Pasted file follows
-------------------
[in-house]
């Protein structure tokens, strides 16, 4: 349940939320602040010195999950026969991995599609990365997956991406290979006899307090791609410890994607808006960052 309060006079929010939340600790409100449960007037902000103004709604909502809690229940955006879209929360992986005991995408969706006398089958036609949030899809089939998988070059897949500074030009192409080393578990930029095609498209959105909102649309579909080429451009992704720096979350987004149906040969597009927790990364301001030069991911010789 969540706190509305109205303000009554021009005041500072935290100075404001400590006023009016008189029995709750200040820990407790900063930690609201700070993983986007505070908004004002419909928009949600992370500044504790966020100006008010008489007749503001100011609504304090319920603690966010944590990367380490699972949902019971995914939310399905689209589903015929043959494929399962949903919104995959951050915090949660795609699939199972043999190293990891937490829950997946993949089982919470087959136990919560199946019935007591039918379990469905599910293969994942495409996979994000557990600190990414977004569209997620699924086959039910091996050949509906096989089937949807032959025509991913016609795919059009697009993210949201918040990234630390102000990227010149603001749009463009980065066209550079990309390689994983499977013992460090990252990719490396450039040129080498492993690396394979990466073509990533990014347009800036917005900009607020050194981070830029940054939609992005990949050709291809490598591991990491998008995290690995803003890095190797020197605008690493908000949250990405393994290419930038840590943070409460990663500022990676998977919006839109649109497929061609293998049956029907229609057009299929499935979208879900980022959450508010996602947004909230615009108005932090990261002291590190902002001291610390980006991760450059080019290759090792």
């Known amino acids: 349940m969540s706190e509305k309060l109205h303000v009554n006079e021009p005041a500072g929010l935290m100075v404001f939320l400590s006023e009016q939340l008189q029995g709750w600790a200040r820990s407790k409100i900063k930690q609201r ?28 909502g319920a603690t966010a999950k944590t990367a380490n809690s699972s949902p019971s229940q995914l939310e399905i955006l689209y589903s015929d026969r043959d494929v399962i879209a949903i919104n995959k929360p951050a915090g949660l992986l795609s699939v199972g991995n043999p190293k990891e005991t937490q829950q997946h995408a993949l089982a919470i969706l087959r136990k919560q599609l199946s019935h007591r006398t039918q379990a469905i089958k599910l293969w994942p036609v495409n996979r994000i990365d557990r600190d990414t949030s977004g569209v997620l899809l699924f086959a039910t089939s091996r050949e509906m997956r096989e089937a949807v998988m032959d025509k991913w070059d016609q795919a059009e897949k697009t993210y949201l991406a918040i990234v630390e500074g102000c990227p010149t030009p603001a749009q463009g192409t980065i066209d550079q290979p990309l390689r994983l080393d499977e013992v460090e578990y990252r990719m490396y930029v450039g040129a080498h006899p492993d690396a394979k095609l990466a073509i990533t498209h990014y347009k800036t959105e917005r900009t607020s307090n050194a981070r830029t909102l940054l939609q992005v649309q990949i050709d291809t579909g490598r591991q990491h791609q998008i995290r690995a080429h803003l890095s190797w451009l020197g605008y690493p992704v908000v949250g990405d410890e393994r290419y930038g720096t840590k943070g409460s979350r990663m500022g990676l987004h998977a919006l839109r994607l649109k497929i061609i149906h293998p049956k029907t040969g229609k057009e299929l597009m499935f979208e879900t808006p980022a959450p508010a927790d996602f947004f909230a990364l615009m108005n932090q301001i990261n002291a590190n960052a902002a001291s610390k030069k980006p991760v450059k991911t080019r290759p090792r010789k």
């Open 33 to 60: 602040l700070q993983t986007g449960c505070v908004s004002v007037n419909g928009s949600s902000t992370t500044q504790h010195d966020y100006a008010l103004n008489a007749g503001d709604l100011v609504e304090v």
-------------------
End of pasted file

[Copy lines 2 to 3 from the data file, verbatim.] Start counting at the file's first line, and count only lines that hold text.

């Protein structure tokens, strides 16, 4: 349940939320602040010195999950026969991995599609990365997956991406290979006899307090791609410890994607808006960052 309060006079929010939340600790409100449960007037902000103004709604909502809690229940955006879209929360992986005991995408969706006398089958036609949030899809089939998988070059897949500074030009192409080393578990930029095609498209959105909102649309579909080429451009992704720096979350987004149906040969597009927790990364301001030069991911010789 969540706190509305109205303000009554021009005041500072935290100075404001400590006023009016008189029995709750200040820990407790900063930690609201700070993983986007505070908004004002419909928009949600992370500044504790966020100006008010008489007749503001100011609504304090319920603690966010944590990367380490699972949902019971995914939310399905689209589903015929043959494929399962949903919104995959951050915090949660795609699939199972043999190293990891937490829950997946993949089982919470087959136990919560199946019935007591039918379990469905599910293969994942495409996979994000557990600190990414977004569209997620699924086959039910091996050949509906096989089937949807032959025509991913016609795919059009697009993210949201918040990234630390102000990227010149603001749009463009980065066209550079990309390689994983499977013992460090990252990719490396450039040129080498492993690396394979990466073509990533990014347009800036917005900009607020050194981070830029940054939609992005990949050709291809490598591991990491998008995290690995803003890095190797020197605008690493908000949250990405393994290419930038840590943070409460990663500022990676998977919006839109649109497929061609293998049956029907229609057009299929499935979208879900980022959450508010996602947004909230615009108005932090990261002291590190902002001291610390980006991760450059080019290759090792």
């Known amino acids: 349940m969540s706190e509305k309060l109205h303000v009554n006079e021009p005041a500072g929010l935290m100075v404001f939320l400590s006023e009016q939340l008189q029995g709750w600790a200040r820990s407790k409100i900063k930690q609201r ?28 909502g319920a603690t966010a999950k944590t990367a380490n809690s699972s949902p019971s229940q995914l939310e399905i955006l689209y589903s015929d026969r043959d494929v399962i879209a949903i919104n995959k929360p951050a915090g949660l992986l795609s699939v199972g991995n043999p190293k990891e005991t937490q829950q997946h995408a993949l089982a919470i969706l087959r136990k919560q599609l199946s019935h007591r006398t039918q379990a469905i089958k599910l293969w994942p036609v495409n996979r994000i990365d557990r600190d990414t949030s977004g569209v997620l899809l699924f086959a039910t089939s091996r050949e509906m997956r096989e089937a949807v998988m032959d025509k991913w070059d016609q795919a059009e897949k697009t993210y949201l991406a918040i990234v630390e500074g102000c990227p010149t030009p603001a749009q463009g192409t980065i066209d550079q290979p990309l390689r994983l080393d499977e013992v460090e578990y990252r990719m490396y930029v450039g040129a080498h006899p492993d690396a394979k095609l990466a073509i990533t498209h990014y347009k800036t959105e917005r900009t607020s307090n050194a981070r830029t909102l940054l939609q992005v649309q990949i050709d291809t579909g490598r591991q990491h791609q998008i995290r690995a080429h803003l890095s190797w451009l020197g605008y690493p992704v908000v949250g990405d410890e393994r290419y930038g720096t840590k943070g409460s979350r990663m500022g990676l987004h998977a919006l839109r994607l649109k497929i061609i149906h293998p049956k029907t040969g229609k057009e299929l597009m499935f979208e879900t808006p980022a959450p508010a927790d996602f947004f909230a990364l615009m108005n932090q301001i990261n002291a590190n960052a902002a001291s610390k030069k980006p991760v450059k991911t080019r290759p090792r010789k």